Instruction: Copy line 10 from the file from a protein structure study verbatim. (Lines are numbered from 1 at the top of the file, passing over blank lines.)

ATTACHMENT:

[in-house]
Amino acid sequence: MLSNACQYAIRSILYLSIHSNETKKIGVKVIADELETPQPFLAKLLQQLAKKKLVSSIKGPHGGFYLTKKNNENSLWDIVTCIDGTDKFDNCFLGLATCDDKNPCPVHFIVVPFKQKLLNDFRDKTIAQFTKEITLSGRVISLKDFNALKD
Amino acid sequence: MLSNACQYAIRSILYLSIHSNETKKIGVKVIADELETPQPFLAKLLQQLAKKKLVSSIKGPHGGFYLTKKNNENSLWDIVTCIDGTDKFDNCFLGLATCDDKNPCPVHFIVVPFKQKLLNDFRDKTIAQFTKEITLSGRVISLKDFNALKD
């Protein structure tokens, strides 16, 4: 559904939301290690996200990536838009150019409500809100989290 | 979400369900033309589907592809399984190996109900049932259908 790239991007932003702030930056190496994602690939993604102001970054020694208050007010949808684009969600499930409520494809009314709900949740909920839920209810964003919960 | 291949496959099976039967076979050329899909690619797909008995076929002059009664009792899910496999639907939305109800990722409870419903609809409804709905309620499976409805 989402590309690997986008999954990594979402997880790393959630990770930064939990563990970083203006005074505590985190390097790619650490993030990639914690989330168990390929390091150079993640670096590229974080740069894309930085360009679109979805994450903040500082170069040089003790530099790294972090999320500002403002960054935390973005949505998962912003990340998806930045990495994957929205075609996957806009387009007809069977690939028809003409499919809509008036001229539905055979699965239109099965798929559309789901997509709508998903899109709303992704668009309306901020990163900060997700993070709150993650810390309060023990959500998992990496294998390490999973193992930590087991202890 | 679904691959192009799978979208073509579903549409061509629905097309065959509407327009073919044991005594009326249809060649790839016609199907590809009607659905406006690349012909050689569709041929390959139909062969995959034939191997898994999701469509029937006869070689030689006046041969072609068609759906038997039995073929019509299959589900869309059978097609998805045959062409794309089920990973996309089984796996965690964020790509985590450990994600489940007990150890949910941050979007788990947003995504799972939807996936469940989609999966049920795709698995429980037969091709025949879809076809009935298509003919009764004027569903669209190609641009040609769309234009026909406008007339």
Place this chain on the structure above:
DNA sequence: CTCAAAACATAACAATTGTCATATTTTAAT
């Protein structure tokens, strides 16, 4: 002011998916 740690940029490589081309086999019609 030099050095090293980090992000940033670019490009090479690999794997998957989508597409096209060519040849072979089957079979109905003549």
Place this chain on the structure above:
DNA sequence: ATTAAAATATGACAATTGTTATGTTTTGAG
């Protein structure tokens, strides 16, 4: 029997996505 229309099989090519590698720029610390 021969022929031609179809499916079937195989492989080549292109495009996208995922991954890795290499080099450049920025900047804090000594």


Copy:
């Protein structure tokens, strides 16, 4: 029997996505 229309099989090519590698720029610390 021969022929031609179809499916079937195989492989080549292109495009996208995922991954890795290499080099450049920025900047804090000594």